Even when both parents agreed at the outset, the reality is that child custody orders in Massachusetts are subject to be changed. This is not necessarily a bad thing, since the flexibility gives judges and parents the opportunity to make adjustments when a child's situation changes.
However, custody modifications do not just happen in Massachusetts because one parent wants a change. In fact, even if parents agree to make changes in their parenting plan, they still must submit those changes to the court for approval. The court will have to verify that these agreed changes really are in the child's best interests.
When parents do not agree, the parent wanting a change will have to ask the court that is overseeing the case. In order for the court to grant permission, the parent wanting the change will have to demonstrate that something significant has changed about the child's or the parents' situations.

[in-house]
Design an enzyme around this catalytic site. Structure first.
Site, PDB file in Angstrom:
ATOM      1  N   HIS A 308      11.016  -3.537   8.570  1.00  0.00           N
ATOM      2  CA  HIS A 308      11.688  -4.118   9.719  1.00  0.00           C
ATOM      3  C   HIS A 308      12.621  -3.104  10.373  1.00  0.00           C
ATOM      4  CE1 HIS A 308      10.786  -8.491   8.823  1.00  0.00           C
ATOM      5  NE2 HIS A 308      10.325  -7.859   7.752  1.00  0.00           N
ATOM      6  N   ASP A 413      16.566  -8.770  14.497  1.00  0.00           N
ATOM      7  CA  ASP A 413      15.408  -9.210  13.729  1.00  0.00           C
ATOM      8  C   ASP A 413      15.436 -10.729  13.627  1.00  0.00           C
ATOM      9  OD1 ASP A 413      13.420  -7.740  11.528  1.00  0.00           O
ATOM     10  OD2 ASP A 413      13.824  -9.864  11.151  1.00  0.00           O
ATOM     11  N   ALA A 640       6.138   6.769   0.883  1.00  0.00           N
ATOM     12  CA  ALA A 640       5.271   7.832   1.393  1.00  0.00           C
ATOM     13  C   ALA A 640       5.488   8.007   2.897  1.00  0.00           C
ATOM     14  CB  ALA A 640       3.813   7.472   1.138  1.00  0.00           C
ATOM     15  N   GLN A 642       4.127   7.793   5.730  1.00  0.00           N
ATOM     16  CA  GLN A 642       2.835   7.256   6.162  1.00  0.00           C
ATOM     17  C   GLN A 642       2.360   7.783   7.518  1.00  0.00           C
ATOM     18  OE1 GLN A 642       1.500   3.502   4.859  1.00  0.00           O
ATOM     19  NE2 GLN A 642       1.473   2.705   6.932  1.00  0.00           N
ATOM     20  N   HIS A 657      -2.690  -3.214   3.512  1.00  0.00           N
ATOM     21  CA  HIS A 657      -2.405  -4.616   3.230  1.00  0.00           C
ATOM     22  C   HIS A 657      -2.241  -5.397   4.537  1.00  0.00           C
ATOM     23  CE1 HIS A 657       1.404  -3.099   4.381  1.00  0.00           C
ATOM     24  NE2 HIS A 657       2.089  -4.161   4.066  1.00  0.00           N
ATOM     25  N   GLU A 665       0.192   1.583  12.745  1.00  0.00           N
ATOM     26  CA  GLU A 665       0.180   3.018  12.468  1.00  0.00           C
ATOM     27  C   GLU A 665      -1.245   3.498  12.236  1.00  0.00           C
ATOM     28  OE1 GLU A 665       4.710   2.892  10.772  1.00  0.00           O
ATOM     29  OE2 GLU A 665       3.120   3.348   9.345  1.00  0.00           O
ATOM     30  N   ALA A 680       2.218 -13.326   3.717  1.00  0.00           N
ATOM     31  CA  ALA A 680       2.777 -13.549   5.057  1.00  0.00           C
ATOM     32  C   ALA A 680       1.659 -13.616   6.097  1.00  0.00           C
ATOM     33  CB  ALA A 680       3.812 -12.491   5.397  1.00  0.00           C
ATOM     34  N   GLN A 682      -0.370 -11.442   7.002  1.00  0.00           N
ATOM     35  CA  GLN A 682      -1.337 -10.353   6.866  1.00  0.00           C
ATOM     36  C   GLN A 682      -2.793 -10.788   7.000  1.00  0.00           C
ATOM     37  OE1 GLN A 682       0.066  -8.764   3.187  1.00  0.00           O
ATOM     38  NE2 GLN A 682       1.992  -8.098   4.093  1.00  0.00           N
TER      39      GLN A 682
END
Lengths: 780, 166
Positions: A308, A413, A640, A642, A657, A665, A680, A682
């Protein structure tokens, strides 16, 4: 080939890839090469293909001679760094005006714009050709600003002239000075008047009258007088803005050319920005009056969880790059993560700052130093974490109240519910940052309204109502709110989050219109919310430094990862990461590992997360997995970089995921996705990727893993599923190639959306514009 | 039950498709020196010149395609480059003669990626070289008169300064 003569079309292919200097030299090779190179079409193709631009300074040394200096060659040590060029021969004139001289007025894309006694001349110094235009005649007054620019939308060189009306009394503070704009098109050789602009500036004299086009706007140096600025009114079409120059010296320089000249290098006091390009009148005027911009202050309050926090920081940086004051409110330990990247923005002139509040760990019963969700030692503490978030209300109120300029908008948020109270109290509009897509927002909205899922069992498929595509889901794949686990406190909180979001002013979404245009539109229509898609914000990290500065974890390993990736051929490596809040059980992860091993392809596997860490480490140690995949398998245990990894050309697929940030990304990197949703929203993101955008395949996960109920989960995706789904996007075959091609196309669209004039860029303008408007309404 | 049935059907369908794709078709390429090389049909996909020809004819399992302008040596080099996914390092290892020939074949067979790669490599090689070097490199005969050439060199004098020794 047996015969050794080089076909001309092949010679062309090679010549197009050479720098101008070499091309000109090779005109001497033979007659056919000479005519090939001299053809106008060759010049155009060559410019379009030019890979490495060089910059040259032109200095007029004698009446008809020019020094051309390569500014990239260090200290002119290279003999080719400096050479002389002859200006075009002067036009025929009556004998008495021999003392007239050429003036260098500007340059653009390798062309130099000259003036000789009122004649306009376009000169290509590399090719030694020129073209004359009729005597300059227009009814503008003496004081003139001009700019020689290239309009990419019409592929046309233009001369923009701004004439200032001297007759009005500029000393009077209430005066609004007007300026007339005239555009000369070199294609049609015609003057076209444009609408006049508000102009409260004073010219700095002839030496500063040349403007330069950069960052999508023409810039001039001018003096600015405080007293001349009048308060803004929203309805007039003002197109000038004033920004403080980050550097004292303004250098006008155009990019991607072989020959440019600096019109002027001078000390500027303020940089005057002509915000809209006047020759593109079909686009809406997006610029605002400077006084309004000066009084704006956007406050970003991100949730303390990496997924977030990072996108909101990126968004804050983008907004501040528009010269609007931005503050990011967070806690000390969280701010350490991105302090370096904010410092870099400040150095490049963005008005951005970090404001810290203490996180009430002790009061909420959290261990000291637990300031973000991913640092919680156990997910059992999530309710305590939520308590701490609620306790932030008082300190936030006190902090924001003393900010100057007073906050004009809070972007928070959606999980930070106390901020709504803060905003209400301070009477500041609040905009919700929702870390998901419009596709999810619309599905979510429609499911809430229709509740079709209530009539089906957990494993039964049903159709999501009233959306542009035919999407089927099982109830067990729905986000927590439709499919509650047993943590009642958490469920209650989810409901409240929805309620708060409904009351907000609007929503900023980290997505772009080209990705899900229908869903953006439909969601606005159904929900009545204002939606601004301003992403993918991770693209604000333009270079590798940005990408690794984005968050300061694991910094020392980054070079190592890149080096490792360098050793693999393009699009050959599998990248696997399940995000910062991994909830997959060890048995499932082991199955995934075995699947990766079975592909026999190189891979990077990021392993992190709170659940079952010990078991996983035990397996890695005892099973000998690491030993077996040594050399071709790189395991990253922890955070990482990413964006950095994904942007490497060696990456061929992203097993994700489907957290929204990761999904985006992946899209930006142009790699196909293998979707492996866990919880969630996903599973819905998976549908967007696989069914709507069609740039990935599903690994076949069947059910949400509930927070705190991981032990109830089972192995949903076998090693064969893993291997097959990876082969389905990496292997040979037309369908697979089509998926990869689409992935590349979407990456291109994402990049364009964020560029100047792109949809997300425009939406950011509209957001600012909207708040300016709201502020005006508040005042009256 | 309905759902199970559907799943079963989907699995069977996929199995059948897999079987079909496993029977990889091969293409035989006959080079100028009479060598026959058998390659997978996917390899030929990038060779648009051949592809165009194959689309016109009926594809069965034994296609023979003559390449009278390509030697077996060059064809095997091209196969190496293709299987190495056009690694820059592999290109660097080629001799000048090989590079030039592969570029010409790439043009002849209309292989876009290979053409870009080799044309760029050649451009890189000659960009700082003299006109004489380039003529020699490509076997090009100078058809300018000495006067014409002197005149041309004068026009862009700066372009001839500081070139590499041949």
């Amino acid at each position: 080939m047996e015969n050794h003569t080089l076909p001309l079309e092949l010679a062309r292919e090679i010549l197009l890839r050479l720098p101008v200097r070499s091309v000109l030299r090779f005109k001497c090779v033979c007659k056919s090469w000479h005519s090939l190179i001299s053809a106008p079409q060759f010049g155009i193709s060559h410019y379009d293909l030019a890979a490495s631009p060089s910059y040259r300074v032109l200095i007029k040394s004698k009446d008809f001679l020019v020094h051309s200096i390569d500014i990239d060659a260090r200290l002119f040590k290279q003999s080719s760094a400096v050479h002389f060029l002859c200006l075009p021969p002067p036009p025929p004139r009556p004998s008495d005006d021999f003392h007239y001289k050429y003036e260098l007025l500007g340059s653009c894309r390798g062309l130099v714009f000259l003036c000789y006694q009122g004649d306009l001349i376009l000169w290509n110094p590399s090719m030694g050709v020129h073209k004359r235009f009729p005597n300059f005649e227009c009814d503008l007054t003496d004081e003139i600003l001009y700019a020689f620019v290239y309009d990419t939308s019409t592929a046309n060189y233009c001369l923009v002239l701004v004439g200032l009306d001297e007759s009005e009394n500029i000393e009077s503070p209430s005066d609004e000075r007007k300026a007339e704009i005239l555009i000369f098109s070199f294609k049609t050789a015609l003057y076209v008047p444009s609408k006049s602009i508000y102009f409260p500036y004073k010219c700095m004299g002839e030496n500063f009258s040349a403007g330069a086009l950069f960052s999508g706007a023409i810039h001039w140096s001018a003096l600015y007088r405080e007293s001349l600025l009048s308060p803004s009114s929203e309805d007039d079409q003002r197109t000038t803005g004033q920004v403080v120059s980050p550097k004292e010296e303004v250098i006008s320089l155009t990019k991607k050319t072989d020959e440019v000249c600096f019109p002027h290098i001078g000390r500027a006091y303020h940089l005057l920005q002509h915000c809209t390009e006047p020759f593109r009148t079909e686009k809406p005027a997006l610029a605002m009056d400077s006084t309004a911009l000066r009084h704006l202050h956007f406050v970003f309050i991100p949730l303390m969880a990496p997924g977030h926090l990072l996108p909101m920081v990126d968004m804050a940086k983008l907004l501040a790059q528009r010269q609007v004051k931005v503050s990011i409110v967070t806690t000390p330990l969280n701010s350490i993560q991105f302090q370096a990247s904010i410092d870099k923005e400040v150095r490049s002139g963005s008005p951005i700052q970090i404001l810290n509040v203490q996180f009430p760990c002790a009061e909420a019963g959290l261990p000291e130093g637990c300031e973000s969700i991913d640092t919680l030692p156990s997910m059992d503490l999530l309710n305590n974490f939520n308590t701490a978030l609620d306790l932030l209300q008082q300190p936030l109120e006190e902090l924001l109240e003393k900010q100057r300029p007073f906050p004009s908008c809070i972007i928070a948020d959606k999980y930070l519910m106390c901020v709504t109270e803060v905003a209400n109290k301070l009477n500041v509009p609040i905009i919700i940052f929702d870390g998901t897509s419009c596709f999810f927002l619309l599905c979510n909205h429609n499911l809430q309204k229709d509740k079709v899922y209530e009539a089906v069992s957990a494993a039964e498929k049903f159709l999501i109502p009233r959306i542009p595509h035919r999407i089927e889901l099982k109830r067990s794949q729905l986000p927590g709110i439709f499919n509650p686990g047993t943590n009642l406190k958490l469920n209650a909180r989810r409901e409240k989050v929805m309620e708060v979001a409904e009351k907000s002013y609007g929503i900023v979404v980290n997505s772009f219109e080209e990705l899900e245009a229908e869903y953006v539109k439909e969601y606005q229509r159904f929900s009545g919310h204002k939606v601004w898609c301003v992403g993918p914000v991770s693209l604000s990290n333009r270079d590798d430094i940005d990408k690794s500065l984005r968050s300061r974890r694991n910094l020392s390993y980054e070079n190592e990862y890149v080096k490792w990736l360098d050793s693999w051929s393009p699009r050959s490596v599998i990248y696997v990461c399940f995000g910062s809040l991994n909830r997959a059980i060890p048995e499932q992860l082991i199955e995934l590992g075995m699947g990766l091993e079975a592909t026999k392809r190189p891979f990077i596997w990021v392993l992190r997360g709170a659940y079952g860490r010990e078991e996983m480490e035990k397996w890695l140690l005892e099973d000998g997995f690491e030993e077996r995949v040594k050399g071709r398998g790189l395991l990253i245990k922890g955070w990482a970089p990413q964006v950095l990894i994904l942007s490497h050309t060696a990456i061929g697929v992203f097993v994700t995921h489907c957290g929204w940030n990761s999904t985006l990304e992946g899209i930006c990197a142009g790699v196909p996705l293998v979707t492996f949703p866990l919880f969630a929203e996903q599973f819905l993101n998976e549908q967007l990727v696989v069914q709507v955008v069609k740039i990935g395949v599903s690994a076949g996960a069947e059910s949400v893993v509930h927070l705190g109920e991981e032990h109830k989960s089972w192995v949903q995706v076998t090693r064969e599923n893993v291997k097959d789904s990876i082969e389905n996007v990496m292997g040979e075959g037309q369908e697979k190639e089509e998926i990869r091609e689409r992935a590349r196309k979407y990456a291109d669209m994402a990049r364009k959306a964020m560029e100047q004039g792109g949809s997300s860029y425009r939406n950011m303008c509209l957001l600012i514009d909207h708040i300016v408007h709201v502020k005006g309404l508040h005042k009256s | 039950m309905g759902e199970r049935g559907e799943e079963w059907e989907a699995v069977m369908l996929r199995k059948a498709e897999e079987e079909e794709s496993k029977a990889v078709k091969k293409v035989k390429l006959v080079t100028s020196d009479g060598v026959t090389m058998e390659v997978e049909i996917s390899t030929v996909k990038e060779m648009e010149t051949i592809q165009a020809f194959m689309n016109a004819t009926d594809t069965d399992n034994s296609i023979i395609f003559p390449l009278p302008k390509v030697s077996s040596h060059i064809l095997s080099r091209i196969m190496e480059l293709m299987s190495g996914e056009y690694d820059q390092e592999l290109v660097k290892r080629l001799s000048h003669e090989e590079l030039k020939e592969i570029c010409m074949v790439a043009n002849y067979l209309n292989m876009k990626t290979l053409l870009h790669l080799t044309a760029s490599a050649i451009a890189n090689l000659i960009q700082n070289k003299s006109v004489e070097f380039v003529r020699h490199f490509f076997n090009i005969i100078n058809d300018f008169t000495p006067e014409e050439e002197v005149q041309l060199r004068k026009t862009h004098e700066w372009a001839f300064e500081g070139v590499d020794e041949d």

Moreover, the parent will also have to show that the current parenting plan is no longer able to serve the child's best interests.
Although there is no set list of reasons that justify a change to a custody order, some examples might include when a parent changes jobs or moves. If a parent develops an addiction or starts suffering under a mental health issue, that may also require a change in the couple's parenting plan.
There may arise times in which a Springfield parent will want to strongly consider asking for a change of custody or even some other modification to their existing parenting plan. However, actually requesting the change and then proving one's case can be a complicated affair, even when one has very good reasons for their actions. This is one of many reasons why many Massachusetts parents choose to get professional legal help from an experienced Massachusetts family lawyer before pursuing a custody modification.